By: Judy Davie - The Food Coach
Cherry farmers on the east coast have been hit hard this year with farms in Tasmania, Victoria, New South Wales and South Australia reporting a 60% drop in annual harvest compared to last year. Rain, cold weather and low pollination spread have all contributed to what will be the most expensive cherry season in our Australian history.
Cherries typically have a 100 day season and are especially enjoyed over the festive season. In many homes they symbolise Christmas.
Christmas is a time for goodwill to all men, therefore we urge you to consider the cherry farmer before turning your back on these special festive fruits even if they are pricier than normal. When a decent bottle of wine costs more than $20, and can easily be drunk in a night, paying a little extra for a box of cherries which will last a few days or more isn't such an extravagance.
And while we're on the subject of wine and Christmas; drinking too much wine and eating too much rich food can lead to gout, which, for anyone who's ever suffered from it will testify, is a mighty painful and debilitating condition. Bob Hawke made tinned black cherries famous when he told Annabelle Crabbe on her Kitchen Cabinet TV show that he ate them daily to cure arthritis: Within days supermarkets across the country had sold out of black cherries. I wonder if Hawky would balk at paying a few extra dollars for fresh cherries if he knew they were as effective at curing the pain of joint inflammation? I'm guessing he would not.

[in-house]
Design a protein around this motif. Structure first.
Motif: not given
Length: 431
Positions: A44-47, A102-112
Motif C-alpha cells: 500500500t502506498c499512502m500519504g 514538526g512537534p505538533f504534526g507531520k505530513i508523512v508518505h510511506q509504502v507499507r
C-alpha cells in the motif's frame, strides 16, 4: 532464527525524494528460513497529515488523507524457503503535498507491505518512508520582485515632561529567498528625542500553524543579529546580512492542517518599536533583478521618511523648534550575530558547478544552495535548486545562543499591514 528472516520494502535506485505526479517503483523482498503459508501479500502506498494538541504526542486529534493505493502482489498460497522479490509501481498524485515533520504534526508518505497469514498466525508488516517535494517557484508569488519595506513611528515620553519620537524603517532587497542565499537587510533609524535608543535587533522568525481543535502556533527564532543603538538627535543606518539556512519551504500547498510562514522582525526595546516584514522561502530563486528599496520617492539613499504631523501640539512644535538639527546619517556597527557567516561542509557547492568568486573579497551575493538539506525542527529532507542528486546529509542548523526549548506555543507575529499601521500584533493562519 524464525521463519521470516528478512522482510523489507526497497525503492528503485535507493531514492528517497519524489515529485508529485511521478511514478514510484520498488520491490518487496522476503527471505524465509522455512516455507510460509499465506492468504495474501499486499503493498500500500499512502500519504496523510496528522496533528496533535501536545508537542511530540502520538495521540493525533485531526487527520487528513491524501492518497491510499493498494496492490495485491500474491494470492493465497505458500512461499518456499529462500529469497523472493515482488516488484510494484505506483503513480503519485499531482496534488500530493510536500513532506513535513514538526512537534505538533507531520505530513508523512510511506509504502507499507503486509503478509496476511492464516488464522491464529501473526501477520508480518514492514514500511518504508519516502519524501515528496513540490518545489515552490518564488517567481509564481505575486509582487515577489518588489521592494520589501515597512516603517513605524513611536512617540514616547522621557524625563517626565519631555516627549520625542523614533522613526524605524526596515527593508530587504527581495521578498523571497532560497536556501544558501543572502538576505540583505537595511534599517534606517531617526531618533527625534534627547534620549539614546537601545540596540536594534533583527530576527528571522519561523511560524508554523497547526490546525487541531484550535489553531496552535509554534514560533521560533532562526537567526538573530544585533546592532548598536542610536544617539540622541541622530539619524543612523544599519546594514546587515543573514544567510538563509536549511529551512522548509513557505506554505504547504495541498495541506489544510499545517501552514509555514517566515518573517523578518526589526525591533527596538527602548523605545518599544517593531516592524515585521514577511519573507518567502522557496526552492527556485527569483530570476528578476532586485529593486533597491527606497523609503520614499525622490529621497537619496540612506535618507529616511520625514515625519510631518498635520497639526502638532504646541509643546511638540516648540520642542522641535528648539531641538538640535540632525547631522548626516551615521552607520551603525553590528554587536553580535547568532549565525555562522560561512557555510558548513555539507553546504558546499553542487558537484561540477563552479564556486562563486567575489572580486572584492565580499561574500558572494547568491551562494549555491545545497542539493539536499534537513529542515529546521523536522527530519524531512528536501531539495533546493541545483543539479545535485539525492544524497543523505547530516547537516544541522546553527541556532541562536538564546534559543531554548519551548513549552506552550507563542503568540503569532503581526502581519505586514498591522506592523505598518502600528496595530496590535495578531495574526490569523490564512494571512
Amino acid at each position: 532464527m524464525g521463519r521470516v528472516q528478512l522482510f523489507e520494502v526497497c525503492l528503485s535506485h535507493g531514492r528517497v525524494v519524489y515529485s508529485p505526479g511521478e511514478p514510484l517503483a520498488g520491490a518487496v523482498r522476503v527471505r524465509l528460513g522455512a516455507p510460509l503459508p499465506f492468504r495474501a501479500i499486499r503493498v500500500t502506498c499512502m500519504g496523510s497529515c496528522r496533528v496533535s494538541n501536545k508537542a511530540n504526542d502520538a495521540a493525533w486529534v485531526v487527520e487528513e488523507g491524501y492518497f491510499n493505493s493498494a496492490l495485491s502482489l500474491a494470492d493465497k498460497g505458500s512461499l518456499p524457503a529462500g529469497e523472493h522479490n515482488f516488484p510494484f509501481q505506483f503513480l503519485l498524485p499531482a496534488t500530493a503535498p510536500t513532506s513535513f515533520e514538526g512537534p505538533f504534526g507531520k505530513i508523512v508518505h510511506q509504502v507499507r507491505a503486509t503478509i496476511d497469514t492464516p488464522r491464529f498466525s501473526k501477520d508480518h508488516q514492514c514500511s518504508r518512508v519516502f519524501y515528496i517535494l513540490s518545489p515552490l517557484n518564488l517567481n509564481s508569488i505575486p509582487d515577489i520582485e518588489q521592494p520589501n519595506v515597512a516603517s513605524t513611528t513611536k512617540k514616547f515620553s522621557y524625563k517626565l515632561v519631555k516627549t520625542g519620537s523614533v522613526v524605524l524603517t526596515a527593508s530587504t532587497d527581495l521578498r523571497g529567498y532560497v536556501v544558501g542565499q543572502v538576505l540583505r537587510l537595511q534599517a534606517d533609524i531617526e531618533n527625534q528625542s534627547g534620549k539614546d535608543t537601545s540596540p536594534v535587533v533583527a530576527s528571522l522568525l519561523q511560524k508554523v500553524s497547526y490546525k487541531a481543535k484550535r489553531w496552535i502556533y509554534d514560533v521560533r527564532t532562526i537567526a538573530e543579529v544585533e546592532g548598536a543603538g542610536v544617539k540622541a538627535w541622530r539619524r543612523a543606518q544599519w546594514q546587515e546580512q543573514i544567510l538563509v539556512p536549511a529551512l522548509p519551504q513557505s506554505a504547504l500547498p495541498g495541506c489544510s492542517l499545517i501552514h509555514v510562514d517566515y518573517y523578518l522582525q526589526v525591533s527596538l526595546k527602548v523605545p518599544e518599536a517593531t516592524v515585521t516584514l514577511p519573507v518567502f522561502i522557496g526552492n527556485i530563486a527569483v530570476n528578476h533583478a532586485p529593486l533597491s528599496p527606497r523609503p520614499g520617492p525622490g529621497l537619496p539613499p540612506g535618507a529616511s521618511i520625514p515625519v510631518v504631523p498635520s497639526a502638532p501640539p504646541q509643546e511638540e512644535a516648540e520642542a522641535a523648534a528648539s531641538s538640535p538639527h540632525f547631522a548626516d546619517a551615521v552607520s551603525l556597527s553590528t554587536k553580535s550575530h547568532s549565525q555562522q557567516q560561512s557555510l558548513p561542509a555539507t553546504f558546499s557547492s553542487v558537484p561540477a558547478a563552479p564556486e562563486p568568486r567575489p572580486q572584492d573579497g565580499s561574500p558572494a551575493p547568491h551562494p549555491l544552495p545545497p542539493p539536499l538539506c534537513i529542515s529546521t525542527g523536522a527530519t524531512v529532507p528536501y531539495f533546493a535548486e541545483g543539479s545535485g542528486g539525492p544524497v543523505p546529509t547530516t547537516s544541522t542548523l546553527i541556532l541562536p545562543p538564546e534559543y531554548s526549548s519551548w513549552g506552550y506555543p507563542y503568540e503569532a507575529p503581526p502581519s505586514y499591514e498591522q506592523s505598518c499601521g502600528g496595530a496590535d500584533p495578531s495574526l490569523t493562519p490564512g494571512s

The science on cherries and gout and inflammation is below (taken from The Australian Cherry Report, written By Accredited Exercise Physiologist & Nutritionist Kathleen Alleaume (MSc)
Gout is a common form of arthritis characterised by recurrent attacks of pain, swelling and redness in joints. Gout occurs when uric acid builds up in the bloodstream and uric acid crystals are deposited in the joints. Around 70,000 people in Australia have this form of arthritis. For decades, cherries have quietly grown a devoted fan base of arthritis and gout sufferers, who routinely consume the fruit to help soothe their symptoms. In fact, the suggestion that cherries might assist with arthritis and gout was first proposed in the 1950s. Preliminary research found that daily cherry consumption (approximately 4.5 cups of cherries) helped to relieve "gout attacks" and the pain associated with arthritis. Interestingly, after eating cherries, the patients in the study had lower blood levels of uric acid. Since then, several small-scale studies have confirmed this anti-arthritis link with cherries. A US investigation found that healthy women (aged 20-40 years) who consumed two servings of Bing sweet fresh cherries (about 45 cherries) for breakfast experienced a 15 percent reduction in blood uric acid levels, suggesting that natural substances in Bing sweet cherries may help reduce arthritic inflammation.
It's not just gout and arthritis that cherries can cure. Emerging studies suggest phytonutrients found in cherries may have the ability to reduce the risk of heart disease, certain cancers, and diabetes. They are packed with antioxidants, including anthocyanins - the antioxidants responsible for their deep red colour - and flavonoids, such as quercetin and kaempferol. They also provide a good source of vitamin C, potassium and fibre.
So that's the health benefits covered and we all know about the taste and quality - which, if the cherries I ate the other day are anything to go by, has in no way been compromised by the weather.
The only hurdle to overcome is the price and that I think, when you consider the livelihood of our farmers and what they put in to produce, it's a small hurdle to overcome.
So let's say cheers to the 2016 cherry season and support our farmers so they too can have a Merry Christmas.
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